Episcopalian included in Baylor survey naming a dozen who can really preach

Posted May 3, 2018

The Rev. Barbara Brown Taylor is listed in Baylor’s current survey and the last one the school did in 1996. Photo: Baylor

[Religion News Service] A dozen pastors known for their consistently stellar performances in the pulpit  made Baylor University’s list of the most effective preachers in the English-speaking world.

The list of 11 men and one woman, the Rev. Barbara Brown Taylor, an Episcopalian, was chosen by scholars of homiletics, or the art of preaching and was released May 1.

“In a world where talk is cheap and there seems to be no end to it, the preacher has to recover the priority and power of the word,” said W. Hulitt Gloer, director of the Kyle Lake Center for Effective Preaching at Baylor’s Truett Theological Seminary in Waco, Texas.

“Words are the tools of the preacher and that gives them incredible power,” Gloer added.

The dozen preachers in the top 12 — academics, pastors and authors — were picked from nearly 800 nominees.

Preaching experts in the Academy of Homiletics and the Evangelical Homiletics Society judged how much nominees’ preaching matched criteria that included their selection of biblical texts, the relevance of their sermons, and their ability to deliver them in language people can understand.

It’s been 22 years since Baylor last produced such a survey. Four names appear on both the 1996 list and the one released Tuesday, including Taylor.

The Baylor preaching center sent the 1996 criteria to more than 500 homiletics professors for their input on criteria for the new survey. Members of the two homiletics societies were then asked to nominate as many as five people who met the new criteria. A total of 179 members — more than 30 percent of the membership of those two societies — submitted names. The final choices were narrowed down from 39 individuals who received the largest number of nominations.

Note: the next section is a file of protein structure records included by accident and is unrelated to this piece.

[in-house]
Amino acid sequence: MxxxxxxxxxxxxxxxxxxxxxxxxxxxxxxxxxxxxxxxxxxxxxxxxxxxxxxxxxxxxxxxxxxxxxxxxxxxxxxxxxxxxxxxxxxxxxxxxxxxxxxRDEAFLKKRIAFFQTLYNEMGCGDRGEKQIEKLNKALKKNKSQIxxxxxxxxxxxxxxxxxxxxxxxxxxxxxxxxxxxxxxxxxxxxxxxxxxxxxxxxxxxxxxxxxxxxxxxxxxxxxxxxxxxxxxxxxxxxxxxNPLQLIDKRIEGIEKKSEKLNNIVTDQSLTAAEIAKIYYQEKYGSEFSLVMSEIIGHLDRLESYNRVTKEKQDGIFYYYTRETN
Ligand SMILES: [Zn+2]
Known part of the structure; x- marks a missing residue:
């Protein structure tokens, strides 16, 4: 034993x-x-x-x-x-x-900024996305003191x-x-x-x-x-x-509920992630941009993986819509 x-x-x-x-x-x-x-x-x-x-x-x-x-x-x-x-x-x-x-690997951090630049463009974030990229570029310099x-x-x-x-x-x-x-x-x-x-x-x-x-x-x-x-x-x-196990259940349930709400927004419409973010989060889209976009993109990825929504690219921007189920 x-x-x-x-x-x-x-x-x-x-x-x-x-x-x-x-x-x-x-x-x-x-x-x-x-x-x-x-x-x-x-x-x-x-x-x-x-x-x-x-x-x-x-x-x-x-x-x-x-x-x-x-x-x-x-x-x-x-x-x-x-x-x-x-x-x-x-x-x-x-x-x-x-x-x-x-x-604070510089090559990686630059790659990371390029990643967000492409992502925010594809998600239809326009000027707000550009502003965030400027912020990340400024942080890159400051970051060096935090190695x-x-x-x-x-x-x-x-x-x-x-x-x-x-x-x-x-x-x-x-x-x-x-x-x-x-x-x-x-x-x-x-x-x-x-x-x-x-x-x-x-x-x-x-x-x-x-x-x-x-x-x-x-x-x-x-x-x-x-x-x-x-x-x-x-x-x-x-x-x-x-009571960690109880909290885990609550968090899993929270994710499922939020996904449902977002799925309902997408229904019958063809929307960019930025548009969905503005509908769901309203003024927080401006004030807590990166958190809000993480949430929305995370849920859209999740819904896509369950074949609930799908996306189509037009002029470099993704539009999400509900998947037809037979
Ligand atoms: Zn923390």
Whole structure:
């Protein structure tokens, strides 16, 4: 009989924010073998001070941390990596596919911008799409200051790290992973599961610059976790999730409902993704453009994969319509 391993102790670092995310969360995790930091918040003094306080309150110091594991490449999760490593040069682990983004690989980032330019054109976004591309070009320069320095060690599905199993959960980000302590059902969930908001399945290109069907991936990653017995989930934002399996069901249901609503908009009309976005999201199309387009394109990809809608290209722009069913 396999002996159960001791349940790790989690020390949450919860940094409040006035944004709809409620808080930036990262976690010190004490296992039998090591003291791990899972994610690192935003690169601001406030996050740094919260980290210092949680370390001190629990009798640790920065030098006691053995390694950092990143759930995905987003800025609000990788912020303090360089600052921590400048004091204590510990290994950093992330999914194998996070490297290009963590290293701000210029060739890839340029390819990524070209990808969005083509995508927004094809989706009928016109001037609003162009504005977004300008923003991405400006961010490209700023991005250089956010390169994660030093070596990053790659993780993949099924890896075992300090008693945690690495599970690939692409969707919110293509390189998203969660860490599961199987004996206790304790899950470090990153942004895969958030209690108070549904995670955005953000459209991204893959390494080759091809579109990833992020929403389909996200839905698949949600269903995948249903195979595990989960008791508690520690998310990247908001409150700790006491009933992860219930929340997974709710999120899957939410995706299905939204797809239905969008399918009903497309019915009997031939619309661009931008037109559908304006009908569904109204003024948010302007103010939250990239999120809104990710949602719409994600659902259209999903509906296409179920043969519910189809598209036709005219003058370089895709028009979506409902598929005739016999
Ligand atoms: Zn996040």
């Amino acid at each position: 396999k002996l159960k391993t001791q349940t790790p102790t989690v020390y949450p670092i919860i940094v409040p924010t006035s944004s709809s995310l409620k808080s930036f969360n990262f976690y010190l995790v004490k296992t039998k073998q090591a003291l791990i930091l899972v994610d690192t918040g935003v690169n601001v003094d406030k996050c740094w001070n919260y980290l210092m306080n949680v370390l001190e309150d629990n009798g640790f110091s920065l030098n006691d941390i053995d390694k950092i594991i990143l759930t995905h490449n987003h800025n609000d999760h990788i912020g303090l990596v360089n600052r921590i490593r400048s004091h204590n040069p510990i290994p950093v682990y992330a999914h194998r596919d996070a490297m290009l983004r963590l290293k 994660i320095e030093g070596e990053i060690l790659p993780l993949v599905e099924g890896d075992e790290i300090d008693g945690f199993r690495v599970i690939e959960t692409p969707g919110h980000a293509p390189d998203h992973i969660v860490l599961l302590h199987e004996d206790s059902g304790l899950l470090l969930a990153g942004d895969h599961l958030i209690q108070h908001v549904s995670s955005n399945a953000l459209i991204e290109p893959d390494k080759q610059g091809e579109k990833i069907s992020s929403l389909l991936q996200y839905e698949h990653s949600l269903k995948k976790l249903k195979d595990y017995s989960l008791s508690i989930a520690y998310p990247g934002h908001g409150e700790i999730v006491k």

Comments (6)

  1. Gordon Fuglie says:

    Correct me if I am wrong, but I understand that Taylor left the Episcopal Church and Christianity. Her “celebrity author/preacher status” may have caused a burn-out. Or did she “recover” and return to our faith? Thanks!

  2. B.J. Rockabrand says:

    I believe she left the priesthood to teach and write, but not the church or Christianity. (Judging by several recent books of hers.)

    1. mfschjonberg says:

      Our understanding is that the Rev. Barbara Brown Taylor has not renounced her orders.

  3. Bob White says:

    Correct. Perhaps her fairly recent book, “On Leaving Church,” created that impression.

  4. Ann-Marie Montague says:

    They missed Dr. Fredrica Harris Thompsett…an outstanding teacher and preacher!!!

  5. Frank J. Corbishley says:

    I believe it was the title, “On Leaving Church,” that led folks to believe that she had truly left the church. That’s what the title suggests, but on reading the book I had the impression that she was simply leaving congregational ministry, not the church nor the priesthood.

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